I more or less ignored the Jubilee celebrations last week, after our neighbourhood thing was rained off. But I did rather like Flight Free’s review of 70 years of climate history.
The noise pollution maps released by Possible recently are neatly presented, especially with the sound on. New York, Paris and London are available. Luton not thought important enough to add to that list, alas.
The website for COP27 in Egypt has launched. I know it’s fairly relentless, the COP bandwagon. But host nations do get to shape the agenda and the tone, and there are hopes that a conference held in Africa may bring a different set of priorities.
The folks at Honest Bottle got in touch to tell me about their water bottles that are made from recycled plastic, and can also be recycled themselves. I rather like this idea, since the kids lose too many water bottles to get them expensive metal ones, and the plastic ones tend to get very scuffed or lose their lids, and end up in the bin eventually. I might get some of these.
Here’s something that annoys me, and I’ve heard friends mention too. You decide to eat less meat and dairy as a family, and think that maybe you should get some vitamin supplements to make sure the kids aren’t missing out on anything – but all of them come in unrecyclable plastic tubs. Not the Vegan Society ones though, I discovered this week. They come in recyclable tins and are the most sustainable option on the market.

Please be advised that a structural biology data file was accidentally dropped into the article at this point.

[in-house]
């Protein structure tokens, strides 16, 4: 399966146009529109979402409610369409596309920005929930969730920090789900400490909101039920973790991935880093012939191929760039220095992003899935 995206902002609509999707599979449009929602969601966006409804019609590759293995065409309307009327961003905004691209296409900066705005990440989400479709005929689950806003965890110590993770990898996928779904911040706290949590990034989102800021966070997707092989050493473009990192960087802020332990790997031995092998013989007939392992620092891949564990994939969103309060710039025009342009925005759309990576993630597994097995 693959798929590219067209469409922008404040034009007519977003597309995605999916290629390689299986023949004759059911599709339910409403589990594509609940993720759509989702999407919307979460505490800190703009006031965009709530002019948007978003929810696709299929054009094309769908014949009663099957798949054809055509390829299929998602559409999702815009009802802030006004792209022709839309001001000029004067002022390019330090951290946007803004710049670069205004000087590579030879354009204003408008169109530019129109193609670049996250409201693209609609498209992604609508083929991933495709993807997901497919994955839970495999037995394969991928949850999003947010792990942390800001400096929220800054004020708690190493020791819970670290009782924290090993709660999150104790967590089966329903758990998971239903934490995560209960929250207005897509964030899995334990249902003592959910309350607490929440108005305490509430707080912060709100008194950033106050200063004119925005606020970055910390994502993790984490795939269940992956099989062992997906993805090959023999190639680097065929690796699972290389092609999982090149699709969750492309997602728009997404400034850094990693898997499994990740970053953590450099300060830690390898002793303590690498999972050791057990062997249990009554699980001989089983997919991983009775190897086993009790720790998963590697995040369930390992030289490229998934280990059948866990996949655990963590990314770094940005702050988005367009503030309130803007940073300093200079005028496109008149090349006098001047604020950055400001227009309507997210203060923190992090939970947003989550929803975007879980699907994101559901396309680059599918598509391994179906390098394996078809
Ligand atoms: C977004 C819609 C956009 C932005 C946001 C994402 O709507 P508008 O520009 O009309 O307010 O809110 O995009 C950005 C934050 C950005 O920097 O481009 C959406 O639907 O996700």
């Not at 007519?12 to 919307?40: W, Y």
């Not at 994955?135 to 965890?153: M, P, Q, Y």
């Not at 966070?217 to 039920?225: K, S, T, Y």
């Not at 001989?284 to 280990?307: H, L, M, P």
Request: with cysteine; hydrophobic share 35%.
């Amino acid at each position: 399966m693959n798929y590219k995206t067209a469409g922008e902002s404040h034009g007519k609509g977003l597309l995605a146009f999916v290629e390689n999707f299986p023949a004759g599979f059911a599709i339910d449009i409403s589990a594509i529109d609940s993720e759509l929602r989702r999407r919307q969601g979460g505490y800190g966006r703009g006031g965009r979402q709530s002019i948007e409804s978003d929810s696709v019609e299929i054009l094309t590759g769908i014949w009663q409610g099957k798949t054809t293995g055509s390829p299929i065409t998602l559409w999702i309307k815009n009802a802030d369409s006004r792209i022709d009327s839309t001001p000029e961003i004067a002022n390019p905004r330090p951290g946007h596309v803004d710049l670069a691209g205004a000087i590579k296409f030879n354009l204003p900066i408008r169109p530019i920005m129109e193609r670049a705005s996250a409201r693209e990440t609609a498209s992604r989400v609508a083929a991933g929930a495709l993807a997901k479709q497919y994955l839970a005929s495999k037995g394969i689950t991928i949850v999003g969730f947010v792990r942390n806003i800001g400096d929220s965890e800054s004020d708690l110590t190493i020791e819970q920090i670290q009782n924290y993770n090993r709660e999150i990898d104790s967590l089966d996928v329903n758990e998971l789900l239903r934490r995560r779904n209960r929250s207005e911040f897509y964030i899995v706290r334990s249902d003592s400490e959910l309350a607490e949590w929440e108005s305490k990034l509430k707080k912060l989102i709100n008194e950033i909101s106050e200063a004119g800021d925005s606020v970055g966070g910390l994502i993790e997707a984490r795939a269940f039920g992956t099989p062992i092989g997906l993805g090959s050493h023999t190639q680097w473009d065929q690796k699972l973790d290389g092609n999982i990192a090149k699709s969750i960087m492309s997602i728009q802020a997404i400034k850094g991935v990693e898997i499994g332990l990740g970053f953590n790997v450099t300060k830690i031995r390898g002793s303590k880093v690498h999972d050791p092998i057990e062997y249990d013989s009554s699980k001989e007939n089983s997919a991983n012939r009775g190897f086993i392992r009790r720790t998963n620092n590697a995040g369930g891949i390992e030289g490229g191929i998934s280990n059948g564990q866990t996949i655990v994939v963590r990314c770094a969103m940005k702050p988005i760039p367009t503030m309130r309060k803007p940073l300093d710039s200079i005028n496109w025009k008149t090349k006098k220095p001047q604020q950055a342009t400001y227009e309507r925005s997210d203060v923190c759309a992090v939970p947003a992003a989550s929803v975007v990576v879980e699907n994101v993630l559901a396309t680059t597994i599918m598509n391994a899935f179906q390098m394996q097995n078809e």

Bit of a strange working week for me last week as I’ve been editing some guest posts on eco-fascism to come next week, alongside drafting a new children’s book. Look out for those guests posts shortly. In the meantime, this week’s highlights:
If you’ve ever built a sandcastle, you’ll have seen a demonstration of a simple fact: when you make a building, you also make a hole. With a sandcastle, it’s a hole in the sand of roughly equivalent size. You probably make it circular and use it as a moat. The same is true for every […]
The title above is a quote from the Global Turning Point report from Deloitte, which looks into the economic cost of inaction on climate change. If you’ve been paying attention to such things for a while, you’ll remember the Stern review, which was an important moment in climate policy in the UK. It made it […]
When we think of using fire in land management, the most common examples are forest clearance for ranching in the Amazon, or subsistence farmers in Africa. But land is burned in Britain too. Moorland is cleared with fire in order to encourage fresh new shoots, which are a favourite food for grouse. These are reared […]